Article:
Is Radiation Therapy Painful?
Radiation therapy is used for cancer patients in almost half of all cases to shrink tumors and destroy some benign (noncancerous) growths as well.
During your treatment, you’ll remain motionless on a table as the machine rotates around you and delivers precise doses of radiation to the tumor. Expect to spend anywhere from 10 to 40 minutes in the treatment room depending on how complex your procedure is.
Your therapists will communicate with you via a monitor and intercom. They have the ability to turn on and off the machine as well as come in for check-ups at any time.
For treatments to the head and neck, you may choose a thermoplastic mask molded to your face that is secured to the table. This mask helps keep you still while receiving radiation treatments.
It is essential to eat and drink regularly during your treatment in order to support your health and avoid side effects. Choose foods/drinks high in calories and protein, like meat, fish, milk or yogurt; steer clear of sharp or crunchy foods, hot or spicy meals as well as alcohol and tobacco products.
After your treatment, you may experience nausea and vomiting, especially if the area being treated is near your mouth or esophagus. These symptoms usually subside 4 to 6 weeks after your procedure ends and pain medicine can help alleviate these sensations.
When in pain, try to take it easy and rest as much as possible. Ice packs can also help reduce discomfort. It is essential that you inform your doctor if you require more rest or have trouble sleeping so that the cancer care team can provide assistance in managing any discomfort.
Fatigue is a common side effect of radiation therapy. Feeling fatigued during your treatment can be frustrating and difficult to cope with, but usually goes away on its own after the therapy has ended.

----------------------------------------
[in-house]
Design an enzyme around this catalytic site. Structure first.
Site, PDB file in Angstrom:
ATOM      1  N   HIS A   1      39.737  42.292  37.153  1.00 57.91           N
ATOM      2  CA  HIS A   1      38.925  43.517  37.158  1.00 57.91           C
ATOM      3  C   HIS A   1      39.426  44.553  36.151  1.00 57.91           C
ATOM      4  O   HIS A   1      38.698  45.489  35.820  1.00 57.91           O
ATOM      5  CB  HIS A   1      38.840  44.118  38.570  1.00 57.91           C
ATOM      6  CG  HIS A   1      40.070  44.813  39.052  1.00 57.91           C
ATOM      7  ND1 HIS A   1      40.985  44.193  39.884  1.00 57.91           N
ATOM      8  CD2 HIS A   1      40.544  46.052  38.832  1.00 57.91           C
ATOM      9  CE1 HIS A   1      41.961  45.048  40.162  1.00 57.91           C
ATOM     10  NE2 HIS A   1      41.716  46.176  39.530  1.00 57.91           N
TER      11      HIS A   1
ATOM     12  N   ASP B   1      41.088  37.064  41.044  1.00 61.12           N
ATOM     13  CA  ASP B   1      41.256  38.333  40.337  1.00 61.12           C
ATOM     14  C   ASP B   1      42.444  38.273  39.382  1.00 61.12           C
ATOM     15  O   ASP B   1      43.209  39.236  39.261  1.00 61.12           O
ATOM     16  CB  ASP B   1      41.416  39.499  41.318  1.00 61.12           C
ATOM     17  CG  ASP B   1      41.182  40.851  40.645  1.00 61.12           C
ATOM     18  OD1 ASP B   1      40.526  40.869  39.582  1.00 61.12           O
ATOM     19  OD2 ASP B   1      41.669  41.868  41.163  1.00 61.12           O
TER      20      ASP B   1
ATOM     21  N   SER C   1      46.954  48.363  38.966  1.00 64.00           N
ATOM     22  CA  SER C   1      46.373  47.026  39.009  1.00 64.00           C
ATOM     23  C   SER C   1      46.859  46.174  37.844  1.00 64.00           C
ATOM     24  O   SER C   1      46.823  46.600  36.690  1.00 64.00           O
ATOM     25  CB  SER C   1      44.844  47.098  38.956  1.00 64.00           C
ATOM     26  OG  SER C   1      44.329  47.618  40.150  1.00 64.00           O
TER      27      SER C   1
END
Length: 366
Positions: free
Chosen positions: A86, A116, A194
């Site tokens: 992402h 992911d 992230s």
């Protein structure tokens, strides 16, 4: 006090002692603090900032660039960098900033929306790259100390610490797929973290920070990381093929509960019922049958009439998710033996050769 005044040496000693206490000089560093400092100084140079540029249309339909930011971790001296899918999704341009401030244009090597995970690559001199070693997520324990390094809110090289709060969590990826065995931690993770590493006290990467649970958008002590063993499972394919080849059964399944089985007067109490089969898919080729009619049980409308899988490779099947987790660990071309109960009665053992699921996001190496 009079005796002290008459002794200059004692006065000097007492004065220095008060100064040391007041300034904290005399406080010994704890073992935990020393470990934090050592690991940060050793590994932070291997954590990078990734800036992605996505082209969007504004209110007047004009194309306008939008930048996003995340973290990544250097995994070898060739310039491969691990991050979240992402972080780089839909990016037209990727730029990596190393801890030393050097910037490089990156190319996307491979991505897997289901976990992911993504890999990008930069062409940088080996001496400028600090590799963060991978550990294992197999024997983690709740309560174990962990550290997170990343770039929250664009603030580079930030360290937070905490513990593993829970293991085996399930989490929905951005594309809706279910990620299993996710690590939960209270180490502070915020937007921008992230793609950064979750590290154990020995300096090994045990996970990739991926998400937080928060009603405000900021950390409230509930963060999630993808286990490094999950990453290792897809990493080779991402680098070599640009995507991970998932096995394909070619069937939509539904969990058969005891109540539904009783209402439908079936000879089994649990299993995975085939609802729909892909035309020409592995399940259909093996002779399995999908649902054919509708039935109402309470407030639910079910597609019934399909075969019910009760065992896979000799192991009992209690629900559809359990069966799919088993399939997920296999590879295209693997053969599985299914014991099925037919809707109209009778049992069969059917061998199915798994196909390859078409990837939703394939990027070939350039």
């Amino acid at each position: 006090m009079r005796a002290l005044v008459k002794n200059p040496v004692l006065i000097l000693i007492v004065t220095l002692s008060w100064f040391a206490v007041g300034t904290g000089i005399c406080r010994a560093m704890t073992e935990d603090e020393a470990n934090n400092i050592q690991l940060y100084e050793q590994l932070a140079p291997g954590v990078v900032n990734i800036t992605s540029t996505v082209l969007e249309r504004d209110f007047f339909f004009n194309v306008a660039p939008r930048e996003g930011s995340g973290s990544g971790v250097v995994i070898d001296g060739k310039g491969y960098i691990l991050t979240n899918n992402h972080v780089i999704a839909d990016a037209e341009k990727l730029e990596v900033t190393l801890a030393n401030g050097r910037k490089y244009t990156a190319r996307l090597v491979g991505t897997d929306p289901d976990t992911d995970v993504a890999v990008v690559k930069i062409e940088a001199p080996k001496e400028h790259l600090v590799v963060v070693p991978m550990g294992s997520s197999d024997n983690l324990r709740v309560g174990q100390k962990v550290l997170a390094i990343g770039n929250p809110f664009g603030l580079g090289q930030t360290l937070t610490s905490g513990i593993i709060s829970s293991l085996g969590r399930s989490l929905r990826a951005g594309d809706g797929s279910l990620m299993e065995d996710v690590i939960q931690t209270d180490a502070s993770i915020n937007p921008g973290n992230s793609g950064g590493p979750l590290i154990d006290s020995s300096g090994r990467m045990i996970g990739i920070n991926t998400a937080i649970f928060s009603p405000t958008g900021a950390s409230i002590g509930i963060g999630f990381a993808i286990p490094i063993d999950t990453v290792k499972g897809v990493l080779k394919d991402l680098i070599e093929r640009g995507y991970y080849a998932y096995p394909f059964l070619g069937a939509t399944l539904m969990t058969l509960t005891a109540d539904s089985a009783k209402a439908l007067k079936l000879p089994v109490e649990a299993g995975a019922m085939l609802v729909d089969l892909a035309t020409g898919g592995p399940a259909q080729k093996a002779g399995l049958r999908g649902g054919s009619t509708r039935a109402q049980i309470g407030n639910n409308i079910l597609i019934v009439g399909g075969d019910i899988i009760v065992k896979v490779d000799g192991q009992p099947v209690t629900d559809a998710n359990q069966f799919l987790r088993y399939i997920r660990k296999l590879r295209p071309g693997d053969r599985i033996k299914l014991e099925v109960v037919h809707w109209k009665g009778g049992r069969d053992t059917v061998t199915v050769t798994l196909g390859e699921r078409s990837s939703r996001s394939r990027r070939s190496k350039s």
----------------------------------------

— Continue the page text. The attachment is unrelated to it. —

Your doctor or nurse may give you medications to help manage fatigue. They also ask about any other side effects you experience, such as skin changes or pain.
During treatment, your skin in the treated area may appear red, irritated, swollen or blistered. This condition is known as radiation dermatitis and may persist for several weeks after treatments have ended. You may also experience peeling and dryness of the skin.
After finishing radiation, your body sheds small amounts of radiation through sweat, urine and blood. These substances may cause itchy or swollen areas of skin as well as a burning sensation in your throat or chest.
Radiation can wreak havoc on your bone marrow, making it more difficult to create new blood cells. This condition, known as neutropenia or low white blood cell count, may occur if you don’t get enough vitamins and minerals during treatment.
You might experience difficulty swallowing, which can be painful or even lead to choking on food. To help avoid this issue, try eating slowly and drinking liquids such as milk or water before eating; this helps avoid choking and coughing during treatment.